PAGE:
Middle-east Arab News Opinion | Asharq Al-awsat

A Terrifying Vacation | ASHARQ AL-AWSAT English Archive 2005 -2017
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The resolved case of the abducted 11 Western tourists in Egypt was closer to a drama than reality due to the ambiguity that surrounded this saga which left it open to speculation, particularly the conflicting official statements released by the countries involved.

What is shocking is that these kidnappers were free to move around with their captives between three or four different countries; today they are in Egypt, tomorrow in Sudan, the next day Libya, then back to Sudan, which Libya denies, while there was even talk that they were in Chad, while official statements say that they are under observation, as they move from one place to the next.

A member of the German delegation negotiating with the kidnappers said that ‘the armed group deliberately moves the hostages between Egypt, Libya, and the Sudan on a daily basis’ adding that last Tuesday the hostages were in Egypt, and were then transferred to the Sudan on Wednesday and Libya on Thursday, while on Friday morning they were again returned to Sudan, not to mention rumors of them being taken into Chadian territory.

Most surprisingly of all in this story are the official statements from the countries involved urging for the ransom payment to the kidnappers, which amounts to 8.8 million dollars. The kidnapping of these tourists was unprecedented, as if it were a part of an adventure vacation package that the tourists paid for.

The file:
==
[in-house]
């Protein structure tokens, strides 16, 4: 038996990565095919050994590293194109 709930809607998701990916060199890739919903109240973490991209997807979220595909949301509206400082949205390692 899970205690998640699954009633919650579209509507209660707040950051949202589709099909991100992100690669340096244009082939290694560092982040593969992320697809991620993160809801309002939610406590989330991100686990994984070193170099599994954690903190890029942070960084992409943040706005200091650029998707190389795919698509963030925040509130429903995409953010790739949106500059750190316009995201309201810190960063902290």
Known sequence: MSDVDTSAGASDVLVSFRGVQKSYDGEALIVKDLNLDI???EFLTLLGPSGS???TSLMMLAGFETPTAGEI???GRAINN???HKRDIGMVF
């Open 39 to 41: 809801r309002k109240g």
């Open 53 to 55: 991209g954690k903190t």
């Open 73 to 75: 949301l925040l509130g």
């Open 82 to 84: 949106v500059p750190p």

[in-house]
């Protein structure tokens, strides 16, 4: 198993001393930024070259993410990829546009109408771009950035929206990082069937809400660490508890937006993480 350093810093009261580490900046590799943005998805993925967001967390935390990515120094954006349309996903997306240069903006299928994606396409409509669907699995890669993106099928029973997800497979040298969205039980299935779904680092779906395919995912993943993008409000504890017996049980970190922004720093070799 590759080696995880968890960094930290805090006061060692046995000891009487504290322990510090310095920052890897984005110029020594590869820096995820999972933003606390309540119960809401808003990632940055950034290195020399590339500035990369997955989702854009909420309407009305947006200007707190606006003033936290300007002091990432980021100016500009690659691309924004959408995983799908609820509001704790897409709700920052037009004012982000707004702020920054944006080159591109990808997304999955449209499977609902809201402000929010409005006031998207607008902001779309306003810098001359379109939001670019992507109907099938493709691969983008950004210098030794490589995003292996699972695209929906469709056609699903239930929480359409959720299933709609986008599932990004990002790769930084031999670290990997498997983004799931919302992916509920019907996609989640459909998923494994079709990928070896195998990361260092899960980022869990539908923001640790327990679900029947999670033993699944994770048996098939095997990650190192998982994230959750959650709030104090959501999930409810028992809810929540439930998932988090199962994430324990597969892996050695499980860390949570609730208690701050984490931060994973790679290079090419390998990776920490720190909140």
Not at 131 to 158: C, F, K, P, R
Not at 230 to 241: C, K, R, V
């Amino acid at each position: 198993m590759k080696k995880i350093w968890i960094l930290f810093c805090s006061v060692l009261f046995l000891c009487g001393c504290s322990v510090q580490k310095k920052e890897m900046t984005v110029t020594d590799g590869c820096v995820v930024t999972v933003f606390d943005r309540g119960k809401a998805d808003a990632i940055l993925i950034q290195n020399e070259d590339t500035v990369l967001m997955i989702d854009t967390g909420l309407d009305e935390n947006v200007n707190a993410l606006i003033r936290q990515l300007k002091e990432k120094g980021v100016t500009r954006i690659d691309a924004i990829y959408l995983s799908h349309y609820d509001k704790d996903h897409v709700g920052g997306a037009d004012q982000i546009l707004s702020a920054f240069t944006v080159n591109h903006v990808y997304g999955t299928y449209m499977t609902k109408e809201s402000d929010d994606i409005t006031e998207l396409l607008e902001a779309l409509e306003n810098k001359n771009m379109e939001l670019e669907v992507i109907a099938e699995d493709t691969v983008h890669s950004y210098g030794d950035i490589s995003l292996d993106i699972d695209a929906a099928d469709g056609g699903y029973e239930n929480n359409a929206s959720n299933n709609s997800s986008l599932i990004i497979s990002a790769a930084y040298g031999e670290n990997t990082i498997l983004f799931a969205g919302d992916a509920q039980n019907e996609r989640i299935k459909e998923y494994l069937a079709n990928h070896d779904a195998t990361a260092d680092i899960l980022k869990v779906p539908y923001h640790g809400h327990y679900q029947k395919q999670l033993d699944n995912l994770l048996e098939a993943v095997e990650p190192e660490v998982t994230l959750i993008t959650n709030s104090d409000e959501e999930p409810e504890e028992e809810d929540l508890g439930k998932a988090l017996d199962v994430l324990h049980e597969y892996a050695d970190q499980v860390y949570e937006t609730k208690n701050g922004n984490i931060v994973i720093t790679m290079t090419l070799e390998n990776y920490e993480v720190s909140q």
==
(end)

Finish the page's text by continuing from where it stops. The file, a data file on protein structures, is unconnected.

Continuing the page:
The outstanding question here though is; how did these kidnappers travel by land between the borders of three or four different countries with hostages in tow, while simultaneously negotiating with officials? What is the answer to these gaps in security, especially considering the potential exploitation of them by terrorists?

If these kidnappers could move easily and freely over the borders of countries in only a matter of days, what about the arms and drug smugglers that can do the same with such ease?

An important questions and a perplexing Arab reality, particularly since now we hear regularly about ships being hijacked in the Red Sea by Somali pirates, and news of ransoms being paid to them to free the ships which they seized.

Security agencies in particular are aware that one of the most important ways terrorism is financed is through the smuggling of drugs, weapons, and even diamonds, as well as money laundering and others illegal operations.

Therefore the kidnapping of these European tourists is far more serious than it seems at first glance, it highlights the gravity of the situation surrounding the land borders between Arab countries, and if we are to tread carefully, it sheds light on the reality of the state of these borders, and the seriousness of their neglect.

It is not just Egypt, but most Arab countries who also face this danger. One of the gravest problems in the Yemen is that certain areas are outside of government control, and so have become safe havens for weapons training, smuggling, and other illegal activities.

From this position, the crisis of this tourist kidnapping, and the Somali pirates who went so far as to appoint themselves an official spokesman, has been a catalyst to encouraging serious debate as to the question of certain geographical regions in Arab countries, and the realty of their land and sea borders. This is particularly important since we can now see the damage done to the Arab world from the Atlantic Ocean to the Gulf as a result of terrorism. Most of these terrorist operations were a result of careful planning, large funds, and weapons and explosives that were always smuggled across the borders!